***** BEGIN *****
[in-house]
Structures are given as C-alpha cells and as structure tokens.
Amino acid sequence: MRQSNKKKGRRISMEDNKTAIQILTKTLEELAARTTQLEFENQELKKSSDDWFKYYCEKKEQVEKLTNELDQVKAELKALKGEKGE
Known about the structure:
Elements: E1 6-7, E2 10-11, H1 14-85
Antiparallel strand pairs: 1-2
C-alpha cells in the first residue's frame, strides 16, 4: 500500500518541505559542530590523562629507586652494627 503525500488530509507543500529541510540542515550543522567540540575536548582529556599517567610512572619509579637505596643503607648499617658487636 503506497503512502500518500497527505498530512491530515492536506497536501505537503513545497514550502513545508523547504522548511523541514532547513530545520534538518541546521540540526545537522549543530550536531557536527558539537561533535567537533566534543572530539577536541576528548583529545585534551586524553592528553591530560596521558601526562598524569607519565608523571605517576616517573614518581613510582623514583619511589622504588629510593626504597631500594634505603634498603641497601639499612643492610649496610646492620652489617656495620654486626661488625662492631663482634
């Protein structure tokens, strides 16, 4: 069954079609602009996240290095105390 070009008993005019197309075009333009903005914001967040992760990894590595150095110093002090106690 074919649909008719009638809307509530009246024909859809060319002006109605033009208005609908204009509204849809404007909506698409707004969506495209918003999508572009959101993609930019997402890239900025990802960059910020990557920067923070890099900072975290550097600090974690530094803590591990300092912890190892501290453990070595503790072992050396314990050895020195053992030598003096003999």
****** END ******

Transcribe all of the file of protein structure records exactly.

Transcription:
[in-house]
Structures are given as C-alpha cells and as structure tokens.
Amino acid sequence: MRQSNKKKGRRISMEDNKTAIQILTKTLEELAARTTQLEFENQELKKSSDDWFKYYCEKKEQVEKLTNELDQVKAELKALKGEKGE
Known about the structure:
Elements: E1 6-7, E2 10-11, H1 14-85
Antiparallel strand pairs: 1-2
C-alpha cells in the first residue's frame, strides 16, 4: 500500500518541505559542530590523562629507586652494627 503525500488530509507543500529541510540542515550543522567540540575536548582529556599517567610512572619509579637505596643503607648499617658487636 503506497503512502500518500497527505498530512491530515492536506497536501505537503513545497514550502513545508523547504522548511523541514532547513530545520534538518541546521540540526545537522549543530550536531557536527558539537561533535567537533566534543572530539577536541576528548583529545585534551586524553592528553591530560596521558601526562598524569607519565608523571605517576616517573614518581613510582623514583619511589622504588629510593626504597631500594634505603634498603641497601639499612643492610649496610646492620652489617656495620654486626661488625662492631663482634
């Protein structure tokens, strides 16, 4: 069954079609602009996240290095105390 070009008993005019197309075009333009903005914001967040992760990894590595150095110093002090106690 074919649909008719009638809307509530009246024909859809060319002006109605033009208005609908204009509204849809404007909506698409707004969506495209918003999508572009959101993609930019997402890239900025990802960059910020990557920067923070890099900072975290550097600090974690530094803590591990300092912890190892501290453990070595503790072992050396314990050895020195053992030598003096003999």